After its initial appearance, it apparently inflated (the “Big Bang”), expanded and cooled, going from very, very small and very, very hot, to the size and temperature of our current universe. It continues to expand and cool to this day and we are inside of it: incredible creatures living on a unique planet, circling a beautiful star clustered together with several hundred billion other stars in a galaxy soaring through the cosmos, all of which is inside of an expanding universe that began as an infinitesimal singularity which appeared out of nowhere for reasons unknown. This is the Big Bang theory.
Evidence for the Theory
What are the major evidences which support the Big Bang theory?
- First of all, we are reasonably certain that the universe had a beginning.
- Second, galaxies appear to be moving away from us at speeds proportional to their distance. This is called “Hubble’s Law,” named after Edwin Hubble (1889-1953) who discovered this phenomenon in 1929. This observation supports the expansion of the universe and suggests that the universe was once compacted.
- Third, if the universe was initially very, very hot as the Big Bang suggests, we should be able to find some remnant of this heat. In 1965, Radioastronomers Arno Penzias and Robert Wilson discovered a 2.725 degree Kelvin (-454.765 degree Fahrenheit, -270.425 degree Celsius) Cosmic Microwave Background radiation (CMB) which pervades the observable universe. This is thought to be the remnant which scientists were looking for. Penzias and Wilson shared in the 1978 Nobel Prize for Physics for their discovery.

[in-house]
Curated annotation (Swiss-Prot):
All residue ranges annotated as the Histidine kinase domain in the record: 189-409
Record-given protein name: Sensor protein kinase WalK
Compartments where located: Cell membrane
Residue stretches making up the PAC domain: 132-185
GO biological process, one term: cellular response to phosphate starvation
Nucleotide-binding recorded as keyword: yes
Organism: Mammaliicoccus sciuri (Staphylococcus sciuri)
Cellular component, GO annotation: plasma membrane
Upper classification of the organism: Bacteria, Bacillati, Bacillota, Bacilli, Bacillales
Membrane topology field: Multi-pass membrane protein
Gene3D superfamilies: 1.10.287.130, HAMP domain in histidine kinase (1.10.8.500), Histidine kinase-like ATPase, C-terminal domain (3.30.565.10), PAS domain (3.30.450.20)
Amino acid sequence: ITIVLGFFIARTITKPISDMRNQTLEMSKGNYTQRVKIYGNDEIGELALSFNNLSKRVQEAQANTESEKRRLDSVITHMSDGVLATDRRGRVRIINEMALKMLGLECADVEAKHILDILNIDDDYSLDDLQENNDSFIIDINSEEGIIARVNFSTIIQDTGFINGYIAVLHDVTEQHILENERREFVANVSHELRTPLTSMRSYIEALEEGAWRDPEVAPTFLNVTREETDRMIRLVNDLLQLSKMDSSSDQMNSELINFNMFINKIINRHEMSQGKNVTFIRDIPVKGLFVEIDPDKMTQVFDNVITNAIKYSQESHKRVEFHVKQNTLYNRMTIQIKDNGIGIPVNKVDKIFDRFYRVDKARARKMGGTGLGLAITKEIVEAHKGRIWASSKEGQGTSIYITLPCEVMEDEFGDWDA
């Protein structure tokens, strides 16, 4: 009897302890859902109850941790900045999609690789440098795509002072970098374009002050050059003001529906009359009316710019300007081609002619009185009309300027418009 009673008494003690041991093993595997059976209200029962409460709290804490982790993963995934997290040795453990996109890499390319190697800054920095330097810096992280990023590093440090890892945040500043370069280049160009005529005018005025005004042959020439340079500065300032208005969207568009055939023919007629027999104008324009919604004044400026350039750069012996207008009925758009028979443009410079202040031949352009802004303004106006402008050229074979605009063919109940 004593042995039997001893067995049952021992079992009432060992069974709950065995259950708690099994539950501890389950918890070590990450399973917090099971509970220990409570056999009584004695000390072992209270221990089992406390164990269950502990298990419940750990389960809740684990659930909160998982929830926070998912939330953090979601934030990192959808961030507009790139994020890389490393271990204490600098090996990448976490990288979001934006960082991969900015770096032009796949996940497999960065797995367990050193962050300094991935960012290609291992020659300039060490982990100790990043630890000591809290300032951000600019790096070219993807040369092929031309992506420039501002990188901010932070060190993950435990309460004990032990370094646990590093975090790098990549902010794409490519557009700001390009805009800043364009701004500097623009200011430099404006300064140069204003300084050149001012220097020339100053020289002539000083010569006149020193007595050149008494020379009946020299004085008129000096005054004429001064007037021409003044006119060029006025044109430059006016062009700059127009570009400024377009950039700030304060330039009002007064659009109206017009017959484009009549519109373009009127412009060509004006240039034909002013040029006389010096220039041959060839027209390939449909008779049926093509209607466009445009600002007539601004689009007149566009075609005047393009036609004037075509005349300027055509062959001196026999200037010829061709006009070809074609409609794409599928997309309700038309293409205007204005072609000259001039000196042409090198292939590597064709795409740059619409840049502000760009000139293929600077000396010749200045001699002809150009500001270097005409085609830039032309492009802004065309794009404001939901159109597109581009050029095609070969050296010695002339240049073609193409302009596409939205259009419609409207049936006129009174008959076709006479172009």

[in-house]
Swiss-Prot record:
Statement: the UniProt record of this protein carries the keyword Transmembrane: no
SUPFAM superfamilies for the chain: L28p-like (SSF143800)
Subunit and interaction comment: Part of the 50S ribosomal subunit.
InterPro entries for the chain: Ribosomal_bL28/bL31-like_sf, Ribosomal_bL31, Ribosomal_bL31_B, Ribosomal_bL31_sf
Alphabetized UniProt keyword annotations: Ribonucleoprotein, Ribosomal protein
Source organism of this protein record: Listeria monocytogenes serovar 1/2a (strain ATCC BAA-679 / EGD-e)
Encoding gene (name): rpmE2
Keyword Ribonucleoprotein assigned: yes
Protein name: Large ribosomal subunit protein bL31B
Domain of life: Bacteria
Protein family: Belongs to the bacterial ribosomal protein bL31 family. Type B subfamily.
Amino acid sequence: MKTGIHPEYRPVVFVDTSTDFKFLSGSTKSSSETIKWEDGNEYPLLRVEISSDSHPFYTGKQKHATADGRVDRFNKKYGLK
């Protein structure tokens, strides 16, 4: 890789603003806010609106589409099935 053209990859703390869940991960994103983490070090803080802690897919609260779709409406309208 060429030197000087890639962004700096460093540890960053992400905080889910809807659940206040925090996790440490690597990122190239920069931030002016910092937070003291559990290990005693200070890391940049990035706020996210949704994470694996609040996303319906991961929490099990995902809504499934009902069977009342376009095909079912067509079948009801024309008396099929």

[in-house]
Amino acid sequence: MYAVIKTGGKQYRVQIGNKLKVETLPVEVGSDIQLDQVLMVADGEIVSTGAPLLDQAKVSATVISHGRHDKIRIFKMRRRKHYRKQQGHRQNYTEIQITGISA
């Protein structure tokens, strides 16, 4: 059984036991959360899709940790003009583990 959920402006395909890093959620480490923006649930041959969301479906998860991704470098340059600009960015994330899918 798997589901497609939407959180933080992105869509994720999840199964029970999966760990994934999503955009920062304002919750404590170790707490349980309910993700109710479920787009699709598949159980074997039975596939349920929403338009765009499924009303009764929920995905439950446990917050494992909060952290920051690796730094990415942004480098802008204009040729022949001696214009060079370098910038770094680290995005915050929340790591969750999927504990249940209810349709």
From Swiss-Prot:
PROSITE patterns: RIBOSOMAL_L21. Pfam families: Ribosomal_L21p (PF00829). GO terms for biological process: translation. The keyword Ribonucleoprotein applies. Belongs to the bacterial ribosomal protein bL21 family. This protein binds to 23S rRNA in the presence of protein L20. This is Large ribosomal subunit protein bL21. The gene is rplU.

- Finally, the abundance of the “light elements” Hydrogen and Helium found in the observable universe are thought to support the Big Bang model of origins.
Source & For Further Reading: big-bang Continue reading “Big Bang Theory”
Global Sea Level Fell by About Half a Centimeter !!!!
For most of the past two decades, the NASA and European Topex/Poseidon, Jason-1 and Jason-2 satellites have tracked the gradual rise of the world’s ocean in response to global warming. In August 2011, scientists at NASA’s Jet Propulsion Laboratory, Pasadena, Calif., and the University of Colorado in Boulder reported that global sea level rise had hit a speed bump.